On Tuesday I went for a lovely afternoon tea with my friend The Wedge who writes a fantastic Afternoon Tea blog, which I am predicting will one day be made into a bestselling guide book to the afternoon tea land of the lake district.  Although a blog about afternoon tea doesn’t sound like the most auspicious start, it is actually very funny because of The Wedge’s insistence on strange rules to do with her afternoon tea eating.

On Wednesday I went to the university campus in Ambleside with Zoe from the Wordsworth Trust and we both read poetry to about 70 sixth form students.   The tutors gathered them all in one room and Zoe read them a Wordsworth poem and a poem by Neil Rollinson and then gave them the option to leave if they wanted to.  I expected a mass exodus at this point but none of them moved!  Zoe read them two more poems, one by Wordsworth and one by Carola Luther and then I read them some poems.  They were really nice kids and they even laughed at my jokes, so they will all clearly go far in life.

I’ve also read loads this week and one of the books I managed to read was Louis Mulcahy’s second collection, The Clogher Quartet, Book Two.  I really enjoyed his first collection and I’d actually already chosen a poem from this first book, but then I got hold of a copy of the second when I was over in Ireland so I thought it would be better to feature a more recent poem, plus I found this cracking poem in the book.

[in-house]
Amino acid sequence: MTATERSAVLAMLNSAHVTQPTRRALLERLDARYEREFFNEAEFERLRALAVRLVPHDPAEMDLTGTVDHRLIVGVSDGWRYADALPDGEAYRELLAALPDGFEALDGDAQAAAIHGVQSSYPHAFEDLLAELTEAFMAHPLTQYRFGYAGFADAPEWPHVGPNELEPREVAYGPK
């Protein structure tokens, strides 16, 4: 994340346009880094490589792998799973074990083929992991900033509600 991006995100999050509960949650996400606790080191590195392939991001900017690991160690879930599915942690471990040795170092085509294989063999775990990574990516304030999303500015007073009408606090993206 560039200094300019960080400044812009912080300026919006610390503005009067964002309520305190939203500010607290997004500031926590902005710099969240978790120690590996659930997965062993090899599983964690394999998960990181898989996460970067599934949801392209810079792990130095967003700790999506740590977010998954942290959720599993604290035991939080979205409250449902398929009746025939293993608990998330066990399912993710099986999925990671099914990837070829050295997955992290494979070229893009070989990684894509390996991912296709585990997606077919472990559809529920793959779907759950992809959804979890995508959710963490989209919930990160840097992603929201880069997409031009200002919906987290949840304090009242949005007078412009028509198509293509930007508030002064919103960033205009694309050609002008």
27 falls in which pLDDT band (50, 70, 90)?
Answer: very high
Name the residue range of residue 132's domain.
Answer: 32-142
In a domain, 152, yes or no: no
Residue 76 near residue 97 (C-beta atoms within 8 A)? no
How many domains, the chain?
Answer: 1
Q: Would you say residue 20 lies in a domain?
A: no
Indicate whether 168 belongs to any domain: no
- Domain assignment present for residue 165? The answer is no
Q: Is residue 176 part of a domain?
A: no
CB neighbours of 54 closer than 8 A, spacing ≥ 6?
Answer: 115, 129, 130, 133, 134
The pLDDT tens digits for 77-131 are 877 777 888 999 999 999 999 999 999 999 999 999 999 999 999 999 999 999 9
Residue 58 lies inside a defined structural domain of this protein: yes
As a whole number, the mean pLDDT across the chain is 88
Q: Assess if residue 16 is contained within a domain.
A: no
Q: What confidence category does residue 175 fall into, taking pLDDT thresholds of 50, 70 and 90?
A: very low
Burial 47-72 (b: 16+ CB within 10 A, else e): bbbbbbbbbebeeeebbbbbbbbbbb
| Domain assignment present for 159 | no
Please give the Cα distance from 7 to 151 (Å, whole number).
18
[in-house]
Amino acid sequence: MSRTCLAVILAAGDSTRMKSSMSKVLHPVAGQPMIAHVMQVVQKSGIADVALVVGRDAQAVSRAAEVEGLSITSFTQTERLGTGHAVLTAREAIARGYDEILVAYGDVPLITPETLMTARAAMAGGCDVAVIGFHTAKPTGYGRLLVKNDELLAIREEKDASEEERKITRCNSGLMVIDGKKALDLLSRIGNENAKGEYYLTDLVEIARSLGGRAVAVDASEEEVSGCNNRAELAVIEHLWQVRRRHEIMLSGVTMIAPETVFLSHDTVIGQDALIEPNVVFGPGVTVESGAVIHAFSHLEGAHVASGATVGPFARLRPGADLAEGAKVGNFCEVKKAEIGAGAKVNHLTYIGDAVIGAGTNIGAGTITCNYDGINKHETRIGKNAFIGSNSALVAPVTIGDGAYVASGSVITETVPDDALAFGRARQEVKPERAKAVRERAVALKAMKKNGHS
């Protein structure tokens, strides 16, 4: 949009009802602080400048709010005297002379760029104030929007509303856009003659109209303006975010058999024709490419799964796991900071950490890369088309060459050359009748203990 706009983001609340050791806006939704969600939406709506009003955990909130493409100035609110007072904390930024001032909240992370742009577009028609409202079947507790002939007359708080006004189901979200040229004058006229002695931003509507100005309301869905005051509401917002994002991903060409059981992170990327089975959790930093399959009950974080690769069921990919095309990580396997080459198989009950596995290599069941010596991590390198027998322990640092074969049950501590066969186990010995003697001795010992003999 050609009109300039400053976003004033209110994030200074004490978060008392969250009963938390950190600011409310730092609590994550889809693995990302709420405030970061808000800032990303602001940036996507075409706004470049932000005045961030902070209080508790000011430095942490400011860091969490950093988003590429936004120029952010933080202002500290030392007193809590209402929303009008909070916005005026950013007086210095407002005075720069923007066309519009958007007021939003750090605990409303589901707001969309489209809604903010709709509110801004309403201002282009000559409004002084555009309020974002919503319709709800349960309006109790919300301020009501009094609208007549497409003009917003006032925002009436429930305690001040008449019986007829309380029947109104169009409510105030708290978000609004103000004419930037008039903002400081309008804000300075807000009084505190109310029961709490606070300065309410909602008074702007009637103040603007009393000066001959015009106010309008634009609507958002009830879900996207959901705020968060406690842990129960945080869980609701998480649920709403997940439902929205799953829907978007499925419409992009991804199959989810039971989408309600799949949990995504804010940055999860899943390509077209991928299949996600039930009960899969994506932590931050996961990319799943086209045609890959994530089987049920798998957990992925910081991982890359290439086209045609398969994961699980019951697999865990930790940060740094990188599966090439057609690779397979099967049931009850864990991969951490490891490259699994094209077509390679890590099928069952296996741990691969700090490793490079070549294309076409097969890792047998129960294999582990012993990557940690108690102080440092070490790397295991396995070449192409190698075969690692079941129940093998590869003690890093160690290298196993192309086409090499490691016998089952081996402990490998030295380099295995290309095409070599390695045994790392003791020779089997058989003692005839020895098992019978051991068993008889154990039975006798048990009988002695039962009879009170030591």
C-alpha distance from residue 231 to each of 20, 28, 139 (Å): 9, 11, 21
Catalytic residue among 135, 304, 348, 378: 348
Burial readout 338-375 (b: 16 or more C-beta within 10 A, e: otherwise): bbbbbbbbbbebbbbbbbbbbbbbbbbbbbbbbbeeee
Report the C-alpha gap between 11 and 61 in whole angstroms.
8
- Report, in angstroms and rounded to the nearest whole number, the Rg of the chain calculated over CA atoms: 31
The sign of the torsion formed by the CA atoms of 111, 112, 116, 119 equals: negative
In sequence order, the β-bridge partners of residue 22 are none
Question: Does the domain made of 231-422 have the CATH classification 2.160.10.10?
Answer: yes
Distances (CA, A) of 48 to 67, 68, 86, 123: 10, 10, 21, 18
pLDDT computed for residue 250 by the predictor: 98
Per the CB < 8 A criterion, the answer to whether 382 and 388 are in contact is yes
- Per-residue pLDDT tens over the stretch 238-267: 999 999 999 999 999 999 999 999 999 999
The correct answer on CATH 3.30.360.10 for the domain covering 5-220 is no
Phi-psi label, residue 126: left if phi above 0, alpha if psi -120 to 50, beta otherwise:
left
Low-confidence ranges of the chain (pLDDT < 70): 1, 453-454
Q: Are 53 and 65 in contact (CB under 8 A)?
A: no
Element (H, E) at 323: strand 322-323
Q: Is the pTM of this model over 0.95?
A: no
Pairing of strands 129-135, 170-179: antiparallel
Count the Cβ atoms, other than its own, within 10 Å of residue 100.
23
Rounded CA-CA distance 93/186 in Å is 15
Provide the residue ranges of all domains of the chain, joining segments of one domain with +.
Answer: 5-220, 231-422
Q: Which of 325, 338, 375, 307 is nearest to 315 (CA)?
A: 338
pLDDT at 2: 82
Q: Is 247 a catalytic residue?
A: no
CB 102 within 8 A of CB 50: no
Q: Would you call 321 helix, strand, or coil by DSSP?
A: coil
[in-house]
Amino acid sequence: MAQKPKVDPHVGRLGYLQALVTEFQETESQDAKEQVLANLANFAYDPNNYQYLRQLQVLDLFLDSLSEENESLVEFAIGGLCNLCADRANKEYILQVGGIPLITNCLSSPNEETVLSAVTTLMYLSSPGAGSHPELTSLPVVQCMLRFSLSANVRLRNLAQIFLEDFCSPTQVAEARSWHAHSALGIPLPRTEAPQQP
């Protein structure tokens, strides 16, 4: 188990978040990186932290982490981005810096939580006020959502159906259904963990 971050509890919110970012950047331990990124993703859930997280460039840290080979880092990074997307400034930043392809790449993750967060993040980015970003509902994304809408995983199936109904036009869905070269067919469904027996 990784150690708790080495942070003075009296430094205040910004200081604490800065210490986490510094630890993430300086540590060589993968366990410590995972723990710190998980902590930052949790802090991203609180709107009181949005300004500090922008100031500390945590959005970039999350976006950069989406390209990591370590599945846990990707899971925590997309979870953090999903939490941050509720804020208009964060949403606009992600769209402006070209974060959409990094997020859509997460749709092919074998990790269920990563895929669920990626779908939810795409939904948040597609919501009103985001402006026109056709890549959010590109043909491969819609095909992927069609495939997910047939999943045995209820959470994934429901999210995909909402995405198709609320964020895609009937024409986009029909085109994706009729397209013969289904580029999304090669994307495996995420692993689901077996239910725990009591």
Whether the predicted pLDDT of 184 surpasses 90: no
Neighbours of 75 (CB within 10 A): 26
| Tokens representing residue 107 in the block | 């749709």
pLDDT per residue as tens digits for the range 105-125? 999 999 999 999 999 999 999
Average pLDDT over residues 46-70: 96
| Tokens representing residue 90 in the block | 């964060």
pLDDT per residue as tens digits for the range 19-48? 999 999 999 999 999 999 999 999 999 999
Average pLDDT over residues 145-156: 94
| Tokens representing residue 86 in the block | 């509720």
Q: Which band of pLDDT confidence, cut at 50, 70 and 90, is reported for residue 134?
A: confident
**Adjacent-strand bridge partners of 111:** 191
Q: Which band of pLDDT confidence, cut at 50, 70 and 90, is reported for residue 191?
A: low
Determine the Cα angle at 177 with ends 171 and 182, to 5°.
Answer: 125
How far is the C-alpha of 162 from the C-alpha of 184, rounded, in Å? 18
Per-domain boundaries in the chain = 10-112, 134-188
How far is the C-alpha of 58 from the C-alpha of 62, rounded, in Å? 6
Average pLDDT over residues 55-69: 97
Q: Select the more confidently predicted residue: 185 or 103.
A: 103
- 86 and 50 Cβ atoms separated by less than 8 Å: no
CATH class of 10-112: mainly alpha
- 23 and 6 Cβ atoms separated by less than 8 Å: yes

There were actually a lot of poems in the collection that I really enjoyed, but this was the one that I got to that made me stop reading and put the book down for a minute.  It is a very direct poem but whilst telling a fairly straightforward story, it also manages to pack a lot of backstory in.  There are actually quite complicated attitudes and emotions going on in the poem, which is really exploring the status of the mother in a family – at first the children play ‘a simple prank’.  The fact that this prank is played as sh sits back ‘to her share of the family meal’ makes me imagine that she has just served everybody with food and is finally sitting back to relax herself, which says one thing about her status or her position.  The lovely thing in the poem is the ‘curious/rage of our father,beside himself with something’.  First of all I love the ‘curious rage’ – as if the speaker of the poem still doesn’t quite understand why the father is so angry.  Then I also really like the way Louis has played with the cliche of being beside yourself with rage or anger – instead the father is ‘beside himself with something’.  There is also a real feeling of shame in the poem, and although the poet says the memory or the realisation comes back with less force as the decades heal, saying this and writing a poem about it leads the reader to believe that the opposite in fact is probably true.